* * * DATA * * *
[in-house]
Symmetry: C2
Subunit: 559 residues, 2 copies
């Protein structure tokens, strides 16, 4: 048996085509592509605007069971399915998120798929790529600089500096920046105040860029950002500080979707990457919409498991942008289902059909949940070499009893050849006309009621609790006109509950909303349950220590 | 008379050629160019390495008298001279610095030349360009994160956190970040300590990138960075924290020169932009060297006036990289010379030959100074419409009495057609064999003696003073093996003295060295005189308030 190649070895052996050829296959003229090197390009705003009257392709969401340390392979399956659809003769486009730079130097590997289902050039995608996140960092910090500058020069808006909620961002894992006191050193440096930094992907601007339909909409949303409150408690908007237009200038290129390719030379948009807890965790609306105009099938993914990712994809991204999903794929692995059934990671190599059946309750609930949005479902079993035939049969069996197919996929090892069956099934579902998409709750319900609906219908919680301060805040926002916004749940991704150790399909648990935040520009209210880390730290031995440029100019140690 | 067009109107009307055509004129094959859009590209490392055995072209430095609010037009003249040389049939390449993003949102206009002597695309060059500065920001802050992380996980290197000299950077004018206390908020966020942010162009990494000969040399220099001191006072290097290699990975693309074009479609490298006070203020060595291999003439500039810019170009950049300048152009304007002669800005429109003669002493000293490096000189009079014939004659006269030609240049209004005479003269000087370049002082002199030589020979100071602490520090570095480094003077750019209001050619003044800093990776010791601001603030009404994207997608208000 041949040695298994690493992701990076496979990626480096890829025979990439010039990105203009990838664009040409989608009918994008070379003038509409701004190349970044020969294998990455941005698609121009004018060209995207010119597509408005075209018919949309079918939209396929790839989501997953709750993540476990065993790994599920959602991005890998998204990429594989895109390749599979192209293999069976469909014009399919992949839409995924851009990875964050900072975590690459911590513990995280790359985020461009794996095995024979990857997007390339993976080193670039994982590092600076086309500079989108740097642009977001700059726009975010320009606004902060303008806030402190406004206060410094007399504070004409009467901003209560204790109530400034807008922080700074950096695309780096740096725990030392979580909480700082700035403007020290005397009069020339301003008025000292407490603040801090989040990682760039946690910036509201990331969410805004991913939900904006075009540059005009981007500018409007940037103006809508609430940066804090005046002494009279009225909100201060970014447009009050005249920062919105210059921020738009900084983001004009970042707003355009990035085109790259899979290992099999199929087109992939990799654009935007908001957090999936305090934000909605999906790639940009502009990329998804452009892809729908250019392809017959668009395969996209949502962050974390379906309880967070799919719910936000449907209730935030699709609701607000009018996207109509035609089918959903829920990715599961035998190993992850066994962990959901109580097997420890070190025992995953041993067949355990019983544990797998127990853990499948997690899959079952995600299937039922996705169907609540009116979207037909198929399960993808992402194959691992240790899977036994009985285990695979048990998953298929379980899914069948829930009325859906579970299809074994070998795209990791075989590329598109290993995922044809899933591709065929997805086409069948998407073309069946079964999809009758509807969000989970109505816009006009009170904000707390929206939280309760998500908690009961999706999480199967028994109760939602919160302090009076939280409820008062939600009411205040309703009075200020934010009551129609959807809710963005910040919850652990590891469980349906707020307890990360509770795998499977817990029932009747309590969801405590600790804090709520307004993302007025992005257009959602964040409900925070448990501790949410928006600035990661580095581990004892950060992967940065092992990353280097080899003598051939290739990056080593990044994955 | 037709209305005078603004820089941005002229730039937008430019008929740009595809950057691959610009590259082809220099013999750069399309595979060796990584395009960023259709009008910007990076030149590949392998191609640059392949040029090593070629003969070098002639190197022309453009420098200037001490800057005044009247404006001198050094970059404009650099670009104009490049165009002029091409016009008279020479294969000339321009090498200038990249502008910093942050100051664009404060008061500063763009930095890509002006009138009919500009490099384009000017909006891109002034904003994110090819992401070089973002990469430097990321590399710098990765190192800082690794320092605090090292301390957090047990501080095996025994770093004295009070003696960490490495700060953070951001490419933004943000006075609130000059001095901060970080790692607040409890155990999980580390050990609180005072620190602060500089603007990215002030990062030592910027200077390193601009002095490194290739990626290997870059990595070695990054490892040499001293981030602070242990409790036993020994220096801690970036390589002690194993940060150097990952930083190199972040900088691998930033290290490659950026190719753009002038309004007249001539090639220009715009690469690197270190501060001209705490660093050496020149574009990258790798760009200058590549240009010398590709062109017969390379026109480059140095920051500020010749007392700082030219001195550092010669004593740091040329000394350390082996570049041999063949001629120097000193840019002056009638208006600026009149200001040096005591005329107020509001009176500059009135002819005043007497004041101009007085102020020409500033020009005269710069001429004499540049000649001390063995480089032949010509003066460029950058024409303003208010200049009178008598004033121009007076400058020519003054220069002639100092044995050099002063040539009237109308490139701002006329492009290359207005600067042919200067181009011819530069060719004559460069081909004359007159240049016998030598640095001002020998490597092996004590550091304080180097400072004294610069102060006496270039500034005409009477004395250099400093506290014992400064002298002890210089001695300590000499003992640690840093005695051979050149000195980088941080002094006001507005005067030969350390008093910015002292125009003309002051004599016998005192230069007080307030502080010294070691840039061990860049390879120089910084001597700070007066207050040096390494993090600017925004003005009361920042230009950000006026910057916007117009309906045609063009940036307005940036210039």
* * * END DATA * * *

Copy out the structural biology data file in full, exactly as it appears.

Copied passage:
[in-house]
Symmetry: C2
Subunit: 559 residues, 2 copies
């Protein structure tokens, strides 16, 4: 048996085509592509605007069971399915998120798929790529600089500096920046105040860029950002500080979707990457919409498991942008289902059909949940070499009893050849006309009621609790006109509950909303349950220590 | 008379050629160019390495008298001279610095030349360009994160956190970040300590990138960075924290020169932009060297006036990289010379030959100074419409009495057609064999003696003073093996003295060295005189308030 190649070895052996050829296959003229090197390009705003009257392709969401340390392979399956659809003769486009730079130097590997289902050039995608996140960092910090500058020069808006909620961002894992006191050193440096930094992907601007339909909409949303409150408690908007237009200038290129390719030379948009807890965790609306105009099938993914990712994809991204999903794929692995059934990671190599059946309750609930949005479902079993035939049969069996197919996929090892069956099934579902998409709750319900609906219908919680301060805040926002916004749940991704150790399909648990935040520009209210880390730290031995440029100019140690 | 067009109107009307055509004129094959859009590209490392055995072209430095609010037009003249040389049939390449993003949102206009002597695309060059500065920001802050992380996980290197000299950077004018206390908020966020942010162009990494000969040399220099001191006072290097290699990975693309074009479609490298006070203020060595291999003439500039810019170009950049300048152009304007002669800005429109003669002493000293490096000189009079014939004659006269030609240049209004005479003269000087370049002082002199030589020979100071602490520090570095480094003077750019209001050619003044800093990776010791601001603030009404994207997608208000 041949040695298994690493992701990076496979990626480096890829025979990439010039990105203009990838664009040409989608009918994008070379003038509409701004190349970044020969294998990455941005698609121009004018060209995207010119597509408005075209018919949309079918939209396929790839989501997953709750993540476990065993790994599920959602991005890998998204990429594989895109390749599979192209293999069976469909014009399919992949839409995924851009990875964050900072975590690459911590513990995280790359985020461009794996095995024979990857997007390339993976080193670039994982590092600076086309500079989108740097642009977001700059726009975010320009606004902060303008806030402190406004206060410094007399504070004409009467901003209560204790109530400034807008922080700074950096695309780096740096725990030392979580909480700082700035403007020290005397009069020339301003008025000292407490603040801090989040990682760039946690910036509201990331969410805004991913939900904006075009540059005009981007500018409007940037103006809508609430940066804090005046002494009279009225909100201060970014447009009050005249920062919105210059921020738009900084983001004009970042707003355009990035085109790259899979290992099999199929087109992939990799654009935007908001957090999936305090934000909605999906790639940009502009990329998804452009892809729908250019392809017959668009395969996209949502962050974390379906309880967070799919719910936000449907209730935030699709609701607000009018996207109509035609089918959903829920990715599961035998190993992850066994962990959901109580097997420890070190025992995953041993067949355990019983544990797998127990853990499948997690899959079952995600299937039922996705169907609540009116979207037909198929399960993808992402194959691992240790899977036994009985285990695979048990998953298929379980899914069948829930009325859906579970299809074994070998795209990791075989590329598109290993995922044809899933591709065929997805086409069948998407073309069946079964999809009758509807969000989970109505816009006009009170904000707390929206939280309760998500908690009961999706999480199967028994109760939602919160302090009076939280409820008062939600009411205040309703009075200020934010009551129609959807809710963005910040919850652990590891469980349906707020307890990360509770795998499977817990029932009747309590969801405590600790804090709520307004993302007025992005257009959602964040409900925070448990501790949410928006600035990661580095581990004892950060992967940065092992990353280097080899003598051939290739990056080593990044994955 | 037709209305005078603004820089941005002229730039937008430019008929740009595809950057691959610009590259082809220099013999750069399309595979060796990584395009960023259709009008910007990076030149590949392998191609640059392949040029090593070629003969070098002639190197022309453009420098200037001490800057005044009247404006001198050094970059404009650099670009104009490049165009002029091409016009008279020479294969000339321009090498200038990249502008910093942050100051664009404060008061500063763009930095890509002006009138009919500009490099384009000017909006891109002034904003994110090819992401070089973002990469430097990321590399710098990765190192800082690794320092605090090292301390957090047990501080095996025994770093004295009070003696960490490495700060953070951001490419933004943000006075609130000059001095901060970080790692607040409890155990999980580390050990609180005072620190602060500089603007990215002030990062030592910027200077390193601009002095490194290739990626290997870059990595070695990054490892040499001293981030602070242990409790036993020994220096801690970036390589002690194993940060150097990952930083190199972040900088691998930033290290490659950026190719753009002038309004007249001539090639220009715009690469690197270190501060001209705490660093050496020149574009990258790798760009200058590549240009010398590709062109017969390379026109480059140095920051500020010749007392700082030219001195550092010669004593740091040329000394350390082996570049041999063949001629120097000193840019002056009638208006600026009149200001040096005591005329107020509001009176500059009135002819005043007497004041101009007085102020020409500033020009005269710069001429004499540049000649001390063995480089032949010509003066460029950058024409303003208010200049009178008598004033121009007076400058020519003054220069002639100092044995050099002063040539009237109308490139701002006329492009290359207005600067042919200067181009011819530069060719004559460069081909004359007159240049016998030598640095001002020998490597092996004590550091304080180097400072004294610069102060006496270039500034005409009477004395250099400093506290014992400064002298002890210089001695300590000499003992640690840093005695051979050149000195980088941080002094006001507005005067030969350390008093910015002292125009003309002051004599016998005192230069007080307030502080010294070691840039061990860049390879120089910084001597700070007066207050040096390494993090600017925004003005009361920042230009950000006026910057916007117009309906045609063009940036307005940036210039």